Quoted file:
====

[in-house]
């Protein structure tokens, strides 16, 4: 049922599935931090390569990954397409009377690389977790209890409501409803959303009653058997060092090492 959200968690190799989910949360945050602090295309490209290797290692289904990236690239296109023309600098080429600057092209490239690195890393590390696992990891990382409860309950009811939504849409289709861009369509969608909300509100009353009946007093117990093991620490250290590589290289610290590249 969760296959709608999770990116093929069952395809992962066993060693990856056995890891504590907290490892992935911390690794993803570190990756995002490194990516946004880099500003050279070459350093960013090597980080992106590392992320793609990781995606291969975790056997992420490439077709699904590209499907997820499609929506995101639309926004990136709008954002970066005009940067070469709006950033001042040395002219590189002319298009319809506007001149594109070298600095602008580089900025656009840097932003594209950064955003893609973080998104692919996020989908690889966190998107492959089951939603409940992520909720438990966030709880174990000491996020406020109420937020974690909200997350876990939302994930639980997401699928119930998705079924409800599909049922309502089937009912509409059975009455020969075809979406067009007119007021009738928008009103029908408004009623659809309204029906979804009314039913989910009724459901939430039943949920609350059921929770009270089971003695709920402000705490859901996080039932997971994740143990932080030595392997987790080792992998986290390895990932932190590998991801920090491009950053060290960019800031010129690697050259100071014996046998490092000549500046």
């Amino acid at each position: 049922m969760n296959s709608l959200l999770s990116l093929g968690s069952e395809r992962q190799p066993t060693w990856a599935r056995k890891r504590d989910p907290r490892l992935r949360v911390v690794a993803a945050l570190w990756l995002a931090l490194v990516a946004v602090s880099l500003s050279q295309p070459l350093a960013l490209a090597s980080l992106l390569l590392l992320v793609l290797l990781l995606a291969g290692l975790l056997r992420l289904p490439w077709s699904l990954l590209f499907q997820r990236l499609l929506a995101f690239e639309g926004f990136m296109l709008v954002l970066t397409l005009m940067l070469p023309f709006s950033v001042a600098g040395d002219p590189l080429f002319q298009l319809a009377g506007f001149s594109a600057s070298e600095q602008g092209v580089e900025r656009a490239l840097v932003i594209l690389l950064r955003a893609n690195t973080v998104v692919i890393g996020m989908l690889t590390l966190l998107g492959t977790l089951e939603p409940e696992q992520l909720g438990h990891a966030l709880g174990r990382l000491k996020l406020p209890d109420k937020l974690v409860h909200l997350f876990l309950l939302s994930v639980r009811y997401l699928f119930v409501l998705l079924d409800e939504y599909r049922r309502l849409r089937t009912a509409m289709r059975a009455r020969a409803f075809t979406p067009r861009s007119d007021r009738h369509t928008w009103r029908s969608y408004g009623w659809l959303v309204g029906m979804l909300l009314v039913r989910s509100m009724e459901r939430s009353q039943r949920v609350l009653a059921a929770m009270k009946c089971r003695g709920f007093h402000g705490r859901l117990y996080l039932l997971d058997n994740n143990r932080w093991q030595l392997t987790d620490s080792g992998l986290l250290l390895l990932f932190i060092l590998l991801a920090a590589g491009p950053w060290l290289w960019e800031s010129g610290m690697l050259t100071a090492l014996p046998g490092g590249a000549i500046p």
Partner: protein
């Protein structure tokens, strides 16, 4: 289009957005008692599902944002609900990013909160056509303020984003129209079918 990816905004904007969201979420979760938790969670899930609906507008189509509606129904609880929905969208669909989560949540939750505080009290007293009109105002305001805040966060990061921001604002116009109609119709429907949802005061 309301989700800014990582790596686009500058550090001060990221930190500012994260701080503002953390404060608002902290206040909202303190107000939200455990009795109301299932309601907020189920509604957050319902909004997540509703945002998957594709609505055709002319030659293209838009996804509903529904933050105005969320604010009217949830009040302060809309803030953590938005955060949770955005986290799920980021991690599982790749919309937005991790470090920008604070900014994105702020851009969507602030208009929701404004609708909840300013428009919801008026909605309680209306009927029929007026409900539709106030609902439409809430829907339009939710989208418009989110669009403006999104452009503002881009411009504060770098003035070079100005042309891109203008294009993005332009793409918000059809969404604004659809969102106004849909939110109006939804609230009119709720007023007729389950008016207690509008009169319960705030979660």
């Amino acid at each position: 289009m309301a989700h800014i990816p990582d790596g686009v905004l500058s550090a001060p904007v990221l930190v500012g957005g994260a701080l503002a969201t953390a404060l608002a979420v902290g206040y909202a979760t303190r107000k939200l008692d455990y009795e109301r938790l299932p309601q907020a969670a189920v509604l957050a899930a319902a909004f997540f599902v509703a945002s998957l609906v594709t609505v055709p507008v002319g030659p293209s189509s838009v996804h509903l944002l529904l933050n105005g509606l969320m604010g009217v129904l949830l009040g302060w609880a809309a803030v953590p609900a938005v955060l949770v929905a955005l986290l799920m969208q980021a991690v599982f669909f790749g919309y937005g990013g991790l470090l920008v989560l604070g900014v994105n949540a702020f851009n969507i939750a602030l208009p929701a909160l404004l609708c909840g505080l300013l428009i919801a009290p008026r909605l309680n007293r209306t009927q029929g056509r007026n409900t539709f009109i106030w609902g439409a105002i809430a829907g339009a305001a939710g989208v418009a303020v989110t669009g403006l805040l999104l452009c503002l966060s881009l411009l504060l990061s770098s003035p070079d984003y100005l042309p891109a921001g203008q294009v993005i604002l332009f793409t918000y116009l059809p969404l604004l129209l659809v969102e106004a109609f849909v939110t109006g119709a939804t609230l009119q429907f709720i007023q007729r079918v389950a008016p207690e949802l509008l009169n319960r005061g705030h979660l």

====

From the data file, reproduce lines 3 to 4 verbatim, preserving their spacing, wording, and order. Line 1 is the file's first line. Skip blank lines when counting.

């Amino acid at each position: 049922m969760n296959s709608l959200l999770s990116l093929g968690s069952e395809r992962q190799p066993t060693w990856a599935r056995k890891r504590d989910p907290r490892l992935r949360v911390v690794a993803a945050l570190w990756l995002a931090l490194v990516a946004v602090s880099l500003s050279q295309p070459l350093a960013l490209a090597s980080l992106l390569l590392l992320v793609l290797l990781l995606a291969g290692l975790l056997r992420l289904p490439w077709s699904l990954l590209f499907q997820r990236l499609l929506a995101f690239e639309g926004f990136m296109l709008v954002l970066t397409l005009m940067l070469p023309f709006s950033v001042a600098g040395d002219p590189l080429f002319q298009l319809a009377g506007f001149s594109a600057s070298e600095q602008g092209v580089e900025r656009a490239l840097v932003i594209l690389l950064r955003a893609n690195t973080v998104v692919i890393g996020m989908l690889t590390l966190l998107g492959t977790l089951e939603p409940e696992q992520l909720g438990h990891a966030l709880g174990r990382l000491k996020l406020p209890d109420k937020l974690v409860h909200l997350f876990l309950l939302s994930v639980r009811y997401l699928f119930v409501l998705l079924d409800e939504y599909r049922r309502l849409r089937t009912a509409m289709r059975a009455r020969a409803f075809t979406p067009r861009s007119d007021r009738h369509t928008w009103r029908s969608y408004g009623w659809l959303v309204g029906m979804l909300l009314v039913r989910s509100m009724e459901r939430s009353q039943r949920v609350l009653a059921a929770m009270k009946c089971r003695g709920f007093h402000g705490r859901l117990y996080l039932l997971d058997n994740n143990r932080w093991q030595l392997t987790d620490s080792g992998l986290l250290l390895l990932f932190i060092l590998l991801a920090a590589g491009p950053w060290l290289w960019e800031s010129g610290m690697l050259t100071a090492l014996p046998g490092g590249a000549i500046p």
Partner: protein